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Jersey County

Jeff Guilander

Jeff Guilander farms with his father Ronnie Guilander and brother in law, Terry Hall. They grow corn and soybeans, and have a small cow-calf operation. Jeff is a former Jersey County Farm Bureau president, and he has been farming since 1994.


Looks like we may close the book on 2019 a little better than we did in 2018. With a small window of opportunity, applicators got rolling and kick-started the 2020 crop. Any progress was better than last year, and any little bit helps, so we will take whatever we can get to take some of the pressure off in the spring. A few areas are still looking to wrap up harvest, but conditions are not ideal. Crop years come down to memorable or not, and this is one we will remember for all the wrong reasons. Here is hoping that everyone gets a good chance to finish 2019, and with a little luck, gets 2020 started off on a little better foot. Enjoy the break. We earned it!


With a lot of determination and some luck, a lot of producers wrapped up harvest before the weather broke. A few inches of snow and single-digit temperatures make the progress that was made all the more valuable. Some areas may still need a few days to finish, but the end is in sight. A little fieldwork got done, but another window would really help out going into spring. Time to catch our breath, evaluate and start looking forward to 2020, and trying to get off to a better start.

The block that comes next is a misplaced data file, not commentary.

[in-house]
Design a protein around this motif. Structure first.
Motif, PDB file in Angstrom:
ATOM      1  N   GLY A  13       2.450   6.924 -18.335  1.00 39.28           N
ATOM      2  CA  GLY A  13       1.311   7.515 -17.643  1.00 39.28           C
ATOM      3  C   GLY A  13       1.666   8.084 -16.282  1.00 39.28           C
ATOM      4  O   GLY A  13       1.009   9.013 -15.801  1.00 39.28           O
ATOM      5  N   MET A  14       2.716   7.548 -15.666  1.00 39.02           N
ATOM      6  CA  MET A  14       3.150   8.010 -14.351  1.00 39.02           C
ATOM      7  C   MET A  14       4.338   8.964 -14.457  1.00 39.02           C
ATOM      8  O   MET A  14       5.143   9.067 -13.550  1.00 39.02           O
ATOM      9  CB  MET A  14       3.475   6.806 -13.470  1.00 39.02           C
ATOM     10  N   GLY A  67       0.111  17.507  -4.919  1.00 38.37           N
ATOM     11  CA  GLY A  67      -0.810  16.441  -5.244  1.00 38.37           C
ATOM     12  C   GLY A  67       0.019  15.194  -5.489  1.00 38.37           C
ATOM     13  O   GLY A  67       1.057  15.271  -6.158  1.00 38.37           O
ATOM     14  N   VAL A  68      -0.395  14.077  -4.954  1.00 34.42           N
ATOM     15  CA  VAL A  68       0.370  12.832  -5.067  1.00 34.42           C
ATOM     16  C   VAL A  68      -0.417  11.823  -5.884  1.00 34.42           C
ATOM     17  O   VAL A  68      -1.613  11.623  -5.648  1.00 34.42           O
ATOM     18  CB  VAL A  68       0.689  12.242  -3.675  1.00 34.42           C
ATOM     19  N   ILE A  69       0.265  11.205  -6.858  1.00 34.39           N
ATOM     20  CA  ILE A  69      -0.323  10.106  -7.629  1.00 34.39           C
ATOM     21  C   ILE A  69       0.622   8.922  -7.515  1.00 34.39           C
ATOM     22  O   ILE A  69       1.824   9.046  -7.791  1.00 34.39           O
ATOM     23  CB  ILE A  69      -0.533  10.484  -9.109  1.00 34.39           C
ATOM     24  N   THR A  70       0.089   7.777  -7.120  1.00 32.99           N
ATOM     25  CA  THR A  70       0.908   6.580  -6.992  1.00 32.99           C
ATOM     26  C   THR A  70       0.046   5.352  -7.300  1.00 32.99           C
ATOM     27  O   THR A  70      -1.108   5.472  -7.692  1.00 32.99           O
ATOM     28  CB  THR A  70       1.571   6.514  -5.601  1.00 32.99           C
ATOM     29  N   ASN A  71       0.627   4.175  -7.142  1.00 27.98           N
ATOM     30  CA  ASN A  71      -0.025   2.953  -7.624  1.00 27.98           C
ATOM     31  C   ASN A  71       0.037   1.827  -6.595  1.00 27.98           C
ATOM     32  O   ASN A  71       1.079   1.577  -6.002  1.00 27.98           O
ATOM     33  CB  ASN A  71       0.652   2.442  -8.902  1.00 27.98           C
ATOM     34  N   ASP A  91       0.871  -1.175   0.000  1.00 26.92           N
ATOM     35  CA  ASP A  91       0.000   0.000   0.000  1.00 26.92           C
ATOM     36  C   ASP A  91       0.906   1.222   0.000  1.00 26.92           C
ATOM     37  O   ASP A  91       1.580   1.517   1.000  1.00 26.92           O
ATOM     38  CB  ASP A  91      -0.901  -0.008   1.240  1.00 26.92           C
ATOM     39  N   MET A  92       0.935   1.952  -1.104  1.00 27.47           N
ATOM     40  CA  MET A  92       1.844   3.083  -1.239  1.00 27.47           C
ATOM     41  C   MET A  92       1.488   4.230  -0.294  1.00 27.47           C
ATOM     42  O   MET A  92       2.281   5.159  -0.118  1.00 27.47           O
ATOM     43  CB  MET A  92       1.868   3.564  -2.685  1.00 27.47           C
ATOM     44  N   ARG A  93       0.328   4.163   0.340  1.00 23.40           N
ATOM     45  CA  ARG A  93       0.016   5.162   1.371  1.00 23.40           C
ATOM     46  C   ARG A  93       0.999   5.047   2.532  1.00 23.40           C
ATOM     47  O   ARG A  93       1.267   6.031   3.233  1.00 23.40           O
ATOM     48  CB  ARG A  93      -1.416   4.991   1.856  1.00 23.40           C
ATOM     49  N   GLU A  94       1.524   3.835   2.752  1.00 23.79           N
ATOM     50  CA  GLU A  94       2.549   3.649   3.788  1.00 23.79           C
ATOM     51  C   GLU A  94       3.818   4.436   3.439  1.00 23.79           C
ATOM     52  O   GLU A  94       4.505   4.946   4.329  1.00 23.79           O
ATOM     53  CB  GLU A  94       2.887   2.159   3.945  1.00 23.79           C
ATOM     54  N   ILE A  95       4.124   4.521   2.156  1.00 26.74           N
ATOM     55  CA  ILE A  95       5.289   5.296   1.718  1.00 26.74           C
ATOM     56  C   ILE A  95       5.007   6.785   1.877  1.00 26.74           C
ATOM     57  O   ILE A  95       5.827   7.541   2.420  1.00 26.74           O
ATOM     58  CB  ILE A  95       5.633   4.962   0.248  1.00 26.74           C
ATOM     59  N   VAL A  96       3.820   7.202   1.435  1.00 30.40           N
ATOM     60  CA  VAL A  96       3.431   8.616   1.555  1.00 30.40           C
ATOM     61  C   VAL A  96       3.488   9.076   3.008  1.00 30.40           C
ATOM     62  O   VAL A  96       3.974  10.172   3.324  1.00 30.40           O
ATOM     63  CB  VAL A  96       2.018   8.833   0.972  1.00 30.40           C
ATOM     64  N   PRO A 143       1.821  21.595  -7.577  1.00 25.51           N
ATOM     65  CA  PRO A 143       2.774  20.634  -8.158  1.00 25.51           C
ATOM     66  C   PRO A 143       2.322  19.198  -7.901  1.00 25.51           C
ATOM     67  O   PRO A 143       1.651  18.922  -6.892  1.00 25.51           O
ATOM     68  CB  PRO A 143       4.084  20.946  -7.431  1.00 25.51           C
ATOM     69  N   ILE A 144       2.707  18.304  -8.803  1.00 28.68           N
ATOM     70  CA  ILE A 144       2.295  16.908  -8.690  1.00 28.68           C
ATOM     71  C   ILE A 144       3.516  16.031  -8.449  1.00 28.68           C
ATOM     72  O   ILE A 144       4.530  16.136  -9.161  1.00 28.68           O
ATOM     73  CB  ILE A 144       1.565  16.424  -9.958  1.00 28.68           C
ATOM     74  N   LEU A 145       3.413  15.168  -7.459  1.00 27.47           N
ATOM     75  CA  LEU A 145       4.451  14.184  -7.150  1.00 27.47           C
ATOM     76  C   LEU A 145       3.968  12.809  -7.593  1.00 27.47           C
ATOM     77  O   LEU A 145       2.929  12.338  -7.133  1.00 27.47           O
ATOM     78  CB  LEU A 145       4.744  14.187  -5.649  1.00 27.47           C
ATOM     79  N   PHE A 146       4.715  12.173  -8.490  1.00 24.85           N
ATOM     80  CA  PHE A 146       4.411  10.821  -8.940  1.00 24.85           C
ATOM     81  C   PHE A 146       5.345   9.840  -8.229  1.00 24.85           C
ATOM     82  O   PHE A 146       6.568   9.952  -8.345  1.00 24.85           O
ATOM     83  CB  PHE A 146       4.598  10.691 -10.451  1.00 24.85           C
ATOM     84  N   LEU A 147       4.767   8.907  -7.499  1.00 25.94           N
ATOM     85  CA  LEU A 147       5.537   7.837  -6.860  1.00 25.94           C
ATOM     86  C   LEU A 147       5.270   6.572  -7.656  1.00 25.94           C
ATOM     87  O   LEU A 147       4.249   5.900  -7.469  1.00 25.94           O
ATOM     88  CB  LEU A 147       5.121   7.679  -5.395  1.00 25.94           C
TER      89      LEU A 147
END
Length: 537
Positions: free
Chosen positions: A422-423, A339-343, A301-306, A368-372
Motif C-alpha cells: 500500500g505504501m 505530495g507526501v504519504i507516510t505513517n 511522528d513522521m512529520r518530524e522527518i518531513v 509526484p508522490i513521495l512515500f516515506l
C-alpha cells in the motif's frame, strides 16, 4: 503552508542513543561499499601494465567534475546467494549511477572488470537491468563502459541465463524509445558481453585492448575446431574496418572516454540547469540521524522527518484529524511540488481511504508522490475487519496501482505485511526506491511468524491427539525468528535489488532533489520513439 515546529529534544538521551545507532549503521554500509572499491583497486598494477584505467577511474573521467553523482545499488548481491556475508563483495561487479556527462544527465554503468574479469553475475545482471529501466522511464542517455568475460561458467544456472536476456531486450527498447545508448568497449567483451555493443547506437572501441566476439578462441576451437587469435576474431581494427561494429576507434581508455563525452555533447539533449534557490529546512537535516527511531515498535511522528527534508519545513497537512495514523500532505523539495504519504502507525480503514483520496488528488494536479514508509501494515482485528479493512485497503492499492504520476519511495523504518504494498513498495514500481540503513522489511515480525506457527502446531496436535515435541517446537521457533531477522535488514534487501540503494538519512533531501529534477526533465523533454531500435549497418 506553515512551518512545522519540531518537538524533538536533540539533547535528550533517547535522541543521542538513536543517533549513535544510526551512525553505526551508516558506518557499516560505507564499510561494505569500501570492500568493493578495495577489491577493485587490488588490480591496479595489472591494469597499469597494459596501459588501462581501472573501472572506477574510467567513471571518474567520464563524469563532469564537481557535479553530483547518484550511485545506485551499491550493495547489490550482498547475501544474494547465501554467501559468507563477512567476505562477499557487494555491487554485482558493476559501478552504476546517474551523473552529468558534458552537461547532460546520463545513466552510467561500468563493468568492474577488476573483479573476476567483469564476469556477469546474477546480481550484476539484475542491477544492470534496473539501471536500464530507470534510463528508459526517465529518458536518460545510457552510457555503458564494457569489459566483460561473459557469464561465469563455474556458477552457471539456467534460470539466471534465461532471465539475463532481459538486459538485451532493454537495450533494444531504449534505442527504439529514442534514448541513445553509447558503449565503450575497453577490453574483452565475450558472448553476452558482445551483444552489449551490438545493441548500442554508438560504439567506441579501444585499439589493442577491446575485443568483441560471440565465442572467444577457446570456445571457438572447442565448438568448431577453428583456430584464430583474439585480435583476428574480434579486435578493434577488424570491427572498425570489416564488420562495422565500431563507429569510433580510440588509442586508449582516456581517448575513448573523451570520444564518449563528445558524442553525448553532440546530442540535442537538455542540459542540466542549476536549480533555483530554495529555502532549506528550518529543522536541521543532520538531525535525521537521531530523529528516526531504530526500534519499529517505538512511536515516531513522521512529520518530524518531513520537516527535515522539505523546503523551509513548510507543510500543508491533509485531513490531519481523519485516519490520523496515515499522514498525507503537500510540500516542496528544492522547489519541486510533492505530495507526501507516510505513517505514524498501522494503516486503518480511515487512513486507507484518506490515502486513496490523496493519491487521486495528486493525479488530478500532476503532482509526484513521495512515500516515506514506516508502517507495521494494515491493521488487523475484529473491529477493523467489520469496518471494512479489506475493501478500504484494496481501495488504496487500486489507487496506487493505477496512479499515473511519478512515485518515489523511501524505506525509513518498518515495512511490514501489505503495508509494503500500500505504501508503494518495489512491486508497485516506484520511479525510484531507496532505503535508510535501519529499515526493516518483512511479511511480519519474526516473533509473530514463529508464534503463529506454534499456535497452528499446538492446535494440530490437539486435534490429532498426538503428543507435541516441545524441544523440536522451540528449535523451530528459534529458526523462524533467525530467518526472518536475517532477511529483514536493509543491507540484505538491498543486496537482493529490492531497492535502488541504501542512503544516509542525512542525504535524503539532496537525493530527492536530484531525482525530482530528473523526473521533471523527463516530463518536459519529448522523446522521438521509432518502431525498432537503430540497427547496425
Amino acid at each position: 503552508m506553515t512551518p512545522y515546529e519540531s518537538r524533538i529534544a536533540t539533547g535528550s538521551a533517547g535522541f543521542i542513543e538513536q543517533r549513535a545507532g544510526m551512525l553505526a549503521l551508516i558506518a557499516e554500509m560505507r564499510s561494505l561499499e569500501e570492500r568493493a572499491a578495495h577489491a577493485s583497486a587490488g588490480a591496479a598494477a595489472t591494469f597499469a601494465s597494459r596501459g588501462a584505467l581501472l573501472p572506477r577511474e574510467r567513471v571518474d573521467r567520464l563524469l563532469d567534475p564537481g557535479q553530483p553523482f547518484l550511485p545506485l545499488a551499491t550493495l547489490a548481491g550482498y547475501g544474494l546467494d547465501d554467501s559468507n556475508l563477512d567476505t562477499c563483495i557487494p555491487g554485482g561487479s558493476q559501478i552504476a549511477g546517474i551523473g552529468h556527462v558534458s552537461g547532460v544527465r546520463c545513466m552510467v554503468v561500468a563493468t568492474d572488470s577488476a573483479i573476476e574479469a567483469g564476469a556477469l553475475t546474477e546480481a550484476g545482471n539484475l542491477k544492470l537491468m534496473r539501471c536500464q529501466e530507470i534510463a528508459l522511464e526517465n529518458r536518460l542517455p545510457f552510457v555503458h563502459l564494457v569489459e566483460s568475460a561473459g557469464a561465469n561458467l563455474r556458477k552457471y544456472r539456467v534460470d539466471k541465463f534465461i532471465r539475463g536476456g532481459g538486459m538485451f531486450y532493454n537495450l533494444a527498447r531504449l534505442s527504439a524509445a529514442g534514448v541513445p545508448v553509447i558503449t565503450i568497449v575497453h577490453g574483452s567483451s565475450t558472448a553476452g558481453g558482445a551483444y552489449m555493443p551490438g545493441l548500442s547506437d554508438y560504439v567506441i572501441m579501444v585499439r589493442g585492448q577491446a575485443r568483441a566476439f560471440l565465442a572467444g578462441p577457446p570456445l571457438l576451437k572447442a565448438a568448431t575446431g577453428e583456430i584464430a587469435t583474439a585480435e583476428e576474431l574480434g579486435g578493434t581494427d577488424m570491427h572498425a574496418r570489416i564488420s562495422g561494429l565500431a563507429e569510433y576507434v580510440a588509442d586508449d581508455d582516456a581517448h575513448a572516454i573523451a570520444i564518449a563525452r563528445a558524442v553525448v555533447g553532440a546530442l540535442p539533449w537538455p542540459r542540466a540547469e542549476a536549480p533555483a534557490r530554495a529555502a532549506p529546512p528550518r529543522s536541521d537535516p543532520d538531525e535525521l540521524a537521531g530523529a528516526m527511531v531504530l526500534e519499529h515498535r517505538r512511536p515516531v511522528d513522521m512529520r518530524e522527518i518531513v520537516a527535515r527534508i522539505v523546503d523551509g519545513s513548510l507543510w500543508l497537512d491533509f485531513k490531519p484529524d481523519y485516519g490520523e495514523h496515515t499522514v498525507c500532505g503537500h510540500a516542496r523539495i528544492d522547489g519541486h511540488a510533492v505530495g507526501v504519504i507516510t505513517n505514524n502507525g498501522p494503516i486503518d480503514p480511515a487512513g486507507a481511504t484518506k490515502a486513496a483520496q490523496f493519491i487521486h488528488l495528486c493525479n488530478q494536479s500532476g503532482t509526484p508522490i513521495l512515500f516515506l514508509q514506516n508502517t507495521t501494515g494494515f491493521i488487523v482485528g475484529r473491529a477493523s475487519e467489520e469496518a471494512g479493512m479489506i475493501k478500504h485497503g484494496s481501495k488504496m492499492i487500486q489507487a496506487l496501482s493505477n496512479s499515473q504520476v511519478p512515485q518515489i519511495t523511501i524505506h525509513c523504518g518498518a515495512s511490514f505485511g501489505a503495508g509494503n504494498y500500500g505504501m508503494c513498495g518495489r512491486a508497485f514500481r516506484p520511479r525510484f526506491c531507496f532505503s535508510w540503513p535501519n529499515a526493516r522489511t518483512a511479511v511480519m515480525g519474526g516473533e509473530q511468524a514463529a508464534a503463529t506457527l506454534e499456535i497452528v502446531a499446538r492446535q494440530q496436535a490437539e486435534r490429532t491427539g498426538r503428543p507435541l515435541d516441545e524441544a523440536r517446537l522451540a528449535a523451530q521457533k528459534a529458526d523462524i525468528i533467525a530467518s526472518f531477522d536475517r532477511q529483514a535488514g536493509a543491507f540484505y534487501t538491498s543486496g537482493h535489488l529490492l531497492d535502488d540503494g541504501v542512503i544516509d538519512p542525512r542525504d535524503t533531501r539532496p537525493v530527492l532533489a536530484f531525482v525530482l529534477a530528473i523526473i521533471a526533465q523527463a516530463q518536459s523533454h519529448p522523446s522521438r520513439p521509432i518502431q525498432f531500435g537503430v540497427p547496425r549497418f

After a wet start last week, harvest began to pick up speed as the temperatures dropped. Soybeans seemed to be the main target, as the days are getting shorter and the harvest window is becoming more difficult. Fields of corn keep shrinking with a few more producers wrapping up harvest. Fieldwork is challenging, but after the challenges of 2019, most are willing to push a little harder trying to take some stress out of the 2020 season.


If this was a video game, I think we just leveled up. More than 2 inches of rain fell last week making the next round of harvest a lot more complicated. That being said, looks like the 2020 crop will get off to the same start the 2019 did as fall fieldwork is going to be delayed. Add some below-normal temperatures and fall spraying, and fertilizer looks challenging. With the windows of opportunity getting smaller, it is setting up to be a long finish to the harvest season.